Guest blogger, Chapin Cole is a proud Millennial who works in nonprofit development in the California Bay Area. She blogs on getting successful (yet stress-free) as a nonprofit staffer.
Lately, there’s been attention on the idea that nonprofit organizations should take more risks. There’s a stigma against risk in the sector because of a myriad of reasons, including discouragement from funders, the stereotype that nonprofits don’t have sophisticated operations, and the important services that are at stake. READ MORE
Guest blogger, Chapin Cole is a proud Millennial who works in nonprofit development in the California Bay Area. She blogs here on getting successful yet stress-free as a nonprofit staffer.
The Secret to Marketing to Millennials—There Isn’t One
If I read another blog post about how to talk to Millennials, I’m going to scream. Yes, I’m a proud member of Generation Y, and I often talk about my experience in the context of my age, but I won’t be pigeonholed.
I appreciate that marketers are interested in how to talk to people my age, but I promise that you don’t have to perform magic to speak to us. We’re not aliens. Just like any other generation, we come with some similarities from our upbringing, but for the most part, other parts of our identity make a big difference in our approach to life.
Here are a few tips about how to understand trends but appreciate nuances when you’re thinking about the Millennial generation.
The always wonderful Seth Godin published the original of this post today, and I was so struck by his (always) right on the money take that I had to share it with you, adapted nonprofit style. My changes and additions in italics.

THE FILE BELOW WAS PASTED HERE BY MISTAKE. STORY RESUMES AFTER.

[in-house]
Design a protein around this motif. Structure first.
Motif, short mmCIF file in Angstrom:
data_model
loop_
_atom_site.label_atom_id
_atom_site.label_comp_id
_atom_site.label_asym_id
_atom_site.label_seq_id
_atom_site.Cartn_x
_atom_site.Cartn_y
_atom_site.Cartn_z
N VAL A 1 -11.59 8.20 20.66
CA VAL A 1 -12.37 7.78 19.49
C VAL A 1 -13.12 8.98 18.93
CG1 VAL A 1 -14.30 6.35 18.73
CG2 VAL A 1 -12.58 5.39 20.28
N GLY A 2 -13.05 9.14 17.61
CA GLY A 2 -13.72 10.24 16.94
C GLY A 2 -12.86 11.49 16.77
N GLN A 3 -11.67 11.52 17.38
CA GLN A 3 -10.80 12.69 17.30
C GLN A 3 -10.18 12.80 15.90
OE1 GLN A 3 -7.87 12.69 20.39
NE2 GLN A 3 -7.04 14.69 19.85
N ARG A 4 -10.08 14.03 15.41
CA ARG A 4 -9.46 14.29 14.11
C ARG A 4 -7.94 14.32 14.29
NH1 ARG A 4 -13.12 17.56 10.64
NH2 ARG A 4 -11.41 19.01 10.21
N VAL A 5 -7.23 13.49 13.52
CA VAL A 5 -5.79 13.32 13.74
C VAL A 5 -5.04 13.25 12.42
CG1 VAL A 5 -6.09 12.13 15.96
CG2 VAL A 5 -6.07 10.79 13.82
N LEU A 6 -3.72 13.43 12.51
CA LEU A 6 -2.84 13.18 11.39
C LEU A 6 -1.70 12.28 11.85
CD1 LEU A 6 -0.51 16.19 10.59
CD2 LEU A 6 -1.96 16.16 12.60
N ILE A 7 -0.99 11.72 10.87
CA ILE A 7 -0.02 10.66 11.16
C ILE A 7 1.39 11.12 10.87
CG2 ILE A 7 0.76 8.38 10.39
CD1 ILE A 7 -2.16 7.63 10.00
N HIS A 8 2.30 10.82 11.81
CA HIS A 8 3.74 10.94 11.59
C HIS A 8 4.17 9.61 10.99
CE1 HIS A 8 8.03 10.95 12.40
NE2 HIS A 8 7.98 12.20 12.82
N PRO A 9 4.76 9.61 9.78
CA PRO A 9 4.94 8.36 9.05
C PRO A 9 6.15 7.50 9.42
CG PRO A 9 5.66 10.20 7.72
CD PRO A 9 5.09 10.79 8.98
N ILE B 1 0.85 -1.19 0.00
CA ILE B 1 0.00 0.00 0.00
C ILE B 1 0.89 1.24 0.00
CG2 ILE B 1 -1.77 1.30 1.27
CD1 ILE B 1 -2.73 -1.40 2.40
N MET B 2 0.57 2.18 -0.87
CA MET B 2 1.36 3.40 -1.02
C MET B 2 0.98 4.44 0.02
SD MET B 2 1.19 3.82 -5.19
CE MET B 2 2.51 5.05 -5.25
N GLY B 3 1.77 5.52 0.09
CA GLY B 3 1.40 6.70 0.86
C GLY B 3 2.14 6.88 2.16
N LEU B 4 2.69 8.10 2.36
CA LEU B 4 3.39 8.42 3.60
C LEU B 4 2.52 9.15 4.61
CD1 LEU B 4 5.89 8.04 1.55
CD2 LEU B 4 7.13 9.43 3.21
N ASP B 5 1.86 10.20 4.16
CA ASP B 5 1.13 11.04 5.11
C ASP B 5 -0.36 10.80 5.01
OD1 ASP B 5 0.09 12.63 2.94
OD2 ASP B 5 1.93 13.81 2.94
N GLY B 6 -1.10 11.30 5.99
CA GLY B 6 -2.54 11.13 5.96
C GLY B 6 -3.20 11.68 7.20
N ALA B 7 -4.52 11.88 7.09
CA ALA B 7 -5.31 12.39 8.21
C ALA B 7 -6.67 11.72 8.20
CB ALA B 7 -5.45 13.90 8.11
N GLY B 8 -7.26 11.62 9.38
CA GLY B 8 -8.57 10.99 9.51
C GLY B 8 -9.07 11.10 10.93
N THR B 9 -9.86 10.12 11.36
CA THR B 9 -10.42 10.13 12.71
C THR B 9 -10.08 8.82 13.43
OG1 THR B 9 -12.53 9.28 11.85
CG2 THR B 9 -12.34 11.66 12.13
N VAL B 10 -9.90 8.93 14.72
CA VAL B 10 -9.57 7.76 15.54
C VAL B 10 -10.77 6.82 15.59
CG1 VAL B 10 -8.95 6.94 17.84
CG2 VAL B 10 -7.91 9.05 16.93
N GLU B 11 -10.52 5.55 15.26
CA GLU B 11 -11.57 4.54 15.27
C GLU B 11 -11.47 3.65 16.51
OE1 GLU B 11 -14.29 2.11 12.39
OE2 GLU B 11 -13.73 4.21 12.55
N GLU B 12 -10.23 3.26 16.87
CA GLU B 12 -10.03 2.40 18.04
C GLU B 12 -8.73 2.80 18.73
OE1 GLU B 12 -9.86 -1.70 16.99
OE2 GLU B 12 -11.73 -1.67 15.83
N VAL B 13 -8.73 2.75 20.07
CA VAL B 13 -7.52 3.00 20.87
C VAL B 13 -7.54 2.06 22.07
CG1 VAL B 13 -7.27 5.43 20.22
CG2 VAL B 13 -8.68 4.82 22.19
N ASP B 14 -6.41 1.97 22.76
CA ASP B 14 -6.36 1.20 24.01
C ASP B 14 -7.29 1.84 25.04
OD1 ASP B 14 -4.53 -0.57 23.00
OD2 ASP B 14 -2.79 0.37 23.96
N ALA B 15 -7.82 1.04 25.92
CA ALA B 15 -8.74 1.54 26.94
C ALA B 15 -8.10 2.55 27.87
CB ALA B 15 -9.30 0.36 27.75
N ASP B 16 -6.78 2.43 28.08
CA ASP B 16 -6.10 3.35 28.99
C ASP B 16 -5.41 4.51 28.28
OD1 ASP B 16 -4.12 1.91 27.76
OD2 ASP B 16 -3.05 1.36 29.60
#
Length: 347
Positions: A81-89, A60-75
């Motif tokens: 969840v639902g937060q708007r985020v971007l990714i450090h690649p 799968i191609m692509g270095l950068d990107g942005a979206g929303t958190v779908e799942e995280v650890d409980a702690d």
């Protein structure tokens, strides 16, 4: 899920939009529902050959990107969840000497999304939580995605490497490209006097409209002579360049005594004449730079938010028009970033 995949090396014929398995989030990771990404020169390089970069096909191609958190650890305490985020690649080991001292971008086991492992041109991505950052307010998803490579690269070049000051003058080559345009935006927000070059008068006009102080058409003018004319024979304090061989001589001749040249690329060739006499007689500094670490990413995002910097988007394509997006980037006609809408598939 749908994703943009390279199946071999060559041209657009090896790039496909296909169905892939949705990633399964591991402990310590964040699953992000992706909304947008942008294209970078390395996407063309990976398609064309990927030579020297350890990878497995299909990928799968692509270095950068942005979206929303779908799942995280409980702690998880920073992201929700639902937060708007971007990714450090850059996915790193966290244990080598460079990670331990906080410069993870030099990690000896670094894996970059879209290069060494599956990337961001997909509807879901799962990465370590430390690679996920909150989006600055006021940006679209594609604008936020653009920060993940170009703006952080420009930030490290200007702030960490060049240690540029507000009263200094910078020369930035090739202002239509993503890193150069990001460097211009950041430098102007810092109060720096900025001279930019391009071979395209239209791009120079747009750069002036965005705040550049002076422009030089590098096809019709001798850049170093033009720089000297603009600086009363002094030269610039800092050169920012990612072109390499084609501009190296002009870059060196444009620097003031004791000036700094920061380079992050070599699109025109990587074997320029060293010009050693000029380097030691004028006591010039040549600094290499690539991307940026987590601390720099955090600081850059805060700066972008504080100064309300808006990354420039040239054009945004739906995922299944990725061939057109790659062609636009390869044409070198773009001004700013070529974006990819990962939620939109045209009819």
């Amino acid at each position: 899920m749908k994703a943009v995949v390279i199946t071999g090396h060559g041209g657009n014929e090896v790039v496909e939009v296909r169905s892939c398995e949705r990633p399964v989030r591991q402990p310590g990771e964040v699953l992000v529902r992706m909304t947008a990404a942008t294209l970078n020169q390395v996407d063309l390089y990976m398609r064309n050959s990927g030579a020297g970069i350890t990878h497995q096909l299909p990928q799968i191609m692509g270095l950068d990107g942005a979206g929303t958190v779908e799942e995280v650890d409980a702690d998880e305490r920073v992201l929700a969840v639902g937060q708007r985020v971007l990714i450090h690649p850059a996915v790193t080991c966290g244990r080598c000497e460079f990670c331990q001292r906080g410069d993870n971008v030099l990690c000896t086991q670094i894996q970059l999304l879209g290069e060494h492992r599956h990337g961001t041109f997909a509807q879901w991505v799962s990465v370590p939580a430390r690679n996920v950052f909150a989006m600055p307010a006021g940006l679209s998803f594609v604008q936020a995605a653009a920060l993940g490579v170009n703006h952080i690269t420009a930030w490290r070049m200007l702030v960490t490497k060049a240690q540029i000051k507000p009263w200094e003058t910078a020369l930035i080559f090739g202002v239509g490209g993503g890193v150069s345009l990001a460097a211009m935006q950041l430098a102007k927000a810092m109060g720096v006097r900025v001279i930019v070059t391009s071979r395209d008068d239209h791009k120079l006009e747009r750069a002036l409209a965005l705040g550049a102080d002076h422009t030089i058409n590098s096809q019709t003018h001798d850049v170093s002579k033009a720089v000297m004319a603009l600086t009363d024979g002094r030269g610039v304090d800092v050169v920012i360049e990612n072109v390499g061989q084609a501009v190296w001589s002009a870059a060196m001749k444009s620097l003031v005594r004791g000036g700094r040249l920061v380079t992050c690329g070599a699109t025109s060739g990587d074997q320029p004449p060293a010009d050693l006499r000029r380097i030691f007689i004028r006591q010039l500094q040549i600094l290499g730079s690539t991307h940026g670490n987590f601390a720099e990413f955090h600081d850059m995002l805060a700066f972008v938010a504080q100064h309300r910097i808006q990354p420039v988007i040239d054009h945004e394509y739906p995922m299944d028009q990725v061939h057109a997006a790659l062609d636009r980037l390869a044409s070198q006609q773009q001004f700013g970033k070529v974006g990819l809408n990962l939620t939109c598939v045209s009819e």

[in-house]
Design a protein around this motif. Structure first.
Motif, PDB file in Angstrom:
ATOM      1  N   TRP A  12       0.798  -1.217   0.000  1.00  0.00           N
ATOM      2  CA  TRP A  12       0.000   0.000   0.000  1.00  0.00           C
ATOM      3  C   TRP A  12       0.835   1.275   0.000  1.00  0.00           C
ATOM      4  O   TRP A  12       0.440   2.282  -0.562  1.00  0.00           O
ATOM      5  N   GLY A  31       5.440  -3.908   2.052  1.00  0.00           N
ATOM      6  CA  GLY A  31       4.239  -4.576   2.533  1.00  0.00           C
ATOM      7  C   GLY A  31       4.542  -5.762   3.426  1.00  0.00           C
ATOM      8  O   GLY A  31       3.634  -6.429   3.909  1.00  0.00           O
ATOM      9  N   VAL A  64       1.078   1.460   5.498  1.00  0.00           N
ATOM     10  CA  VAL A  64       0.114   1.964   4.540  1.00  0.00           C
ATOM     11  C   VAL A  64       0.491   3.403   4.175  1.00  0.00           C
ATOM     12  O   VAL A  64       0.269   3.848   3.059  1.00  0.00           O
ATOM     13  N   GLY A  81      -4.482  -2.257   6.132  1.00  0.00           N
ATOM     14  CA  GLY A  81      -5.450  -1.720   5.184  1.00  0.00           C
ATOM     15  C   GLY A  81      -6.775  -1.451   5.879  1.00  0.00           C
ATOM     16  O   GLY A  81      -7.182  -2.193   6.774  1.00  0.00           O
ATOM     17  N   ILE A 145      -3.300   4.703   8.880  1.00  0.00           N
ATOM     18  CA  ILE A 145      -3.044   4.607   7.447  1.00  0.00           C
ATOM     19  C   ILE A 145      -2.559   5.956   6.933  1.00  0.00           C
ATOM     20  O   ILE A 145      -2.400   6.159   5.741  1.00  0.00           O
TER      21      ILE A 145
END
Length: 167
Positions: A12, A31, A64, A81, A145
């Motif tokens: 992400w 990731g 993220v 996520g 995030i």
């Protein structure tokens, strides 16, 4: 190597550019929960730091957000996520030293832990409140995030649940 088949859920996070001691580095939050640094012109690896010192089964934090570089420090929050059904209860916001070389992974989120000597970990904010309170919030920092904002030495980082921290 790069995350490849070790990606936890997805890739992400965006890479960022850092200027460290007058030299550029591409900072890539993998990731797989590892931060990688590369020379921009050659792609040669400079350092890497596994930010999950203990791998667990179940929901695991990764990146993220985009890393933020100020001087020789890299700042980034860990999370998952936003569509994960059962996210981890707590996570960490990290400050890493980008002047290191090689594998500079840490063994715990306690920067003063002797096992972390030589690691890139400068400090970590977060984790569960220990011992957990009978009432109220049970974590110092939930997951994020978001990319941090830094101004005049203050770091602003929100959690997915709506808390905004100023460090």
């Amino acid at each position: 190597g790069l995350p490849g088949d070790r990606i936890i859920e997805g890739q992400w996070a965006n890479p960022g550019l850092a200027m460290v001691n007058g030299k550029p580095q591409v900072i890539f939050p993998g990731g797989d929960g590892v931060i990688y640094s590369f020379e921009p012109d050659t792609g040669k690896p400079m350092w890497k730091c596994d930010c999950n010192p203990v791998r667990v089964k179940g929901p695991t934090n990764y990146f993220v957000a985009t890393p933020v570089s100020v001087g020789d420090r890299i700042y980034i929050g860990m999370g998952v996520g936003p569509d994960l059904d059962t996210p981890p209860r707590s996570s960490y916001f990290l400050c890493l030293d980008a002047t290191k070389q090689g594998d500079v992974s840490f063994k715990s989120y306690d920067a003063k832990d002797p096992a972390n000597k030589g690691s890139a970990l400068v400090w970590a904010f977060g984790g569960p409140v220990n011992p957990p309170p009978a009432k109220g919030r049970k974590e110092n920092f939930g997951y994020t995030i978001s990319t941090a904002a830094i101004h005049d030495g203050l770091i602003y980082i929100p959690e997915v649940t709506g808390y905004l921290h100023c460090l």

Marketing is about change—changing people’s actions, perceptions or the conversation.
Successful change is usually specific.It’s hard to get someone to support your cause, help a devastated region or volunteer for good. But when you ask her to give $5 to provide a reader for Eldana in Addis Ababa or sign up now to staff the domestic violence hotline for a 60-minute shift next Sunday afternoon, that usually work, if you’re talking in the right way to the right person at the right time.
You don’t have a chance to make mass change, but youcan make focused change, when you do it right. READ MORE
These insights, drawn from research of 4,000 young people across the U.S., matters to you whether you know it or not.
Because teens are your cause’s activists and volunteers today (they’re your fundraising secret weapons—convince them to pitch parents on your behalf and you’ll build your donor base fast). And your donors and employees of tomorrow. READ MORE
Like many New Yorkers–along with scholars, researchers and librarians—I was outraged to learn that the New York Public Library (NYPL) planned to reshape its flagship research library to incorporate a circulating library. Especially since the obvious outcome would be moving most of the library’s research collection offsite, delaying retrieval requests, making research difficult and diminishing NYPL’s value as a top-line research center.